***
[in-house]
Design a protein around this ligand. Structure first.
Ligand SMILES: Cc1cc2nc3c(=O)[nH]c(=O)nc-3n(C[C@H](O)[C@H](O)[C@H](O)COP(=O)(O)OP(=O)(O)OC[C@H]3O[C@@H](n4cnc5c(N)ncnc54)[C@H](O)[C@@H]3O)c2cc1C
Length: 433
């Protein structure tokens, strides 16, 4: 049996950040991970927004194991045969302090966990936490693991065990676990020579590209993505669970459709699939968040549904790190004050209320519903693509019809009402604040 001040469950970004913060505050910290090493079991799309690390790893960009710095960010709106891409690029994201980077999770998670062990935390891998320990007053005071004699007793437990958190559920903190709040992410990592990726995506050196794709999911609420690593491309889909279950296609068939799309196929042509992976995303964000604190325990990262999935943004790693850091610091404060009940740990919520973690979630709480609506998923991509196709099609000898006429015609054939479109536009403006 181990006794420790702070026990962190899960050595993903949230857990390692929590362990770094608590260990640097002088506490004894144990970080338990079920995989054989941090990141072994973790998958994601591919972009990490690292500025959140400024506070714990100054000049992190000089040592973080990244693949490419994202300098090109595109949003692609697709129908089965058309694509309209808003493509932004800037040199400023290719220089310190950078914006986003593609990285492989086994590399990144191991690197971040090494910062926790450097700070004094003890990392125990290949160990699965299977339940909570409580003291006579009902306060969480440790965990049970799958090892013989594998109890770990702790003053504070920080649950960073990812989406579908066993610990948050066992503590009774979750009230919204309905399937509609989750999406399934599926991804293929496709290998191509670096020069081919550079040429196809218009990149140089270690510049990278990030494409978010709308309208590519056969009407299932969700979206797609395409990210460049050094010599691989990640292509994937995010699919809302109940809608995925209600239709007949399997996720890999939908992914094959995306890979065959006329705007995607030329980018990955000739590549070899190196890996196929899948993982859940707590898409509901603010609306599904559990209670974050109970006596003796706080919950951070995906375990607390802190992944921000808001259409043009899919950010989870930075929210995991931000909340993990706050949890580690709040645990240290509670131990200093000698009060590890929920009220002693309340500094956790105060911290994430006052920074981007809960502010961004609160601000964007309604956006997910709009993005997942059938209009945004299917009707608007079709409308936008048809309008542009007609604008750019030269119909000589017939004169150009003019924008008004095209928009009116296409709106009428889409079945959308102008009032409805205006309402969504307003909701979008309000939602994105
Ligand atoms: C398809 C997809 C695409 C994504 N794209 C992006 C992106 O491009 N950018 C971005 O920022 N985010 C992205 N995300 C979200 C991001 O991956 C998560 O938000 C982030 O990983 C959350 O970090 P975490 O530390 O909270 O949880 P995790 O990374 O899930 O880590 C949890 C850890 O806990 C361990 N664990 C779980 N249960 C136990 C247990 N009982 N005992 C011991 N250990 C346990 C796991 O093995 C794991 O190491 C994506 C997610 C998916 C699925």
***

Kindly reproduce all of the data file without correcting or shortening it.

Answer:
[in-house]
Design a protein around this ligand. Structure first.
Ligand SMILES: Cc1cc2nc3c(=O)[nH]c(=O)nc-3n(C[C@H](O)[C@H](O)[C@H](O)COP(=O)(O)OP(=O)(O)OC[C@H]3O[C@@H](n4cnc5c(N)ncnc54)[C@H](O)[C@@H]3O)c2cc1C
Length: 433
């Protein structure tokens, strides 16, 4: 049996950040991970927004194991045969302090966990936490693991065990676990020579590209993505669970459709699939968040549904790190004050209320519903693509019809009402604040 001040469950970004913060505050910290090493079991799309690390790893960009710095960010709106891409690029994201980077999770998670062990935390891998320990007053005071004699007793437990958190559920903190709040992410990592990726995506050196794709999911609420690593491309889909279950296609068939799309196929042509992976995303964000604190325990990262999935943004790693850091610091404060009940740990919520973690979630709480609506998923991509196709099609000898006429015609054939479109536009403006 181990006794420790702070026990962190899960050595993903949230857990390692929590362990770094608590260990640097002088506490004894144990970080338990079920995989054989941090990141072994973790998958994601591919972009990490690292500025959140400024506070714990100054000049992190000089040592973080990244693949490419994202300098090109595109949003692609697709129908089965058309694509309209808003493509932004800037040199400023290719220089310190950078914006986003593609990285492989086994590399990144191991690197971040090494910062926790450097700070004094003890990392125990290949160990699965299977339940909570409580003291006579009902306060969480440790965990049970799958090892013989594998109890770990702790003053504070920080649950960073990812989406579908066993610990948050066992503590009774979750009230919204309905399937509609989750999406399934599926991804293929496709290998191509670096020069081919550079040429196809218009990149140089270690510049990278990030494409978010709308309208590519056969009407299932969700979206797609395409990210460049050094010599691989990640292509994937995010699919809302109940809608995925209600239709007949399997996720890999939908992914094959995306890979065959006329705007995607030329980018990955000739590549070899190196890996196929899948993982859940707590898409509901603010609306599904559990209670974050109970006596003796706080919950951070995906375990607390802190992944921000808001259409043009899919950010989870930075929210995991931000909340993990706050949890580690709040645990240290509670131990200093000698009060590890929920009220002693309340500094956790105060911290994430006052920074981007809960502010961004609160601000964007309604956006997910709009993005997942059938209009945004299917009707608007079709409308936008048809309008542009007609604008750019030269119909000589017939004169150009003019924008008004095209928009009116296409709106009428889409079945959308102008009032409805205006309402969504307003909701979008309000939602994105
Ligand atoms: C398809 C997809 C695409 C994504 N794209 C992006 C992106 O491009 N950018 C971005 O920022 N985010 C992205 N995300 C979200 C991001 O991956 C998560 O938000 C982030 O990983 C959350 O970090 P975490 O530390 O909270 O949880 P995790 O990374 O899930 O880590 C949890 C850890 O806990 C361990 N664990 C779980 N249960 C136990 C247990 N009982 N005992 C011991 N250990 C346990 C796991 O093995 C794991 O190491 C994506 C997610 C998916 C699925």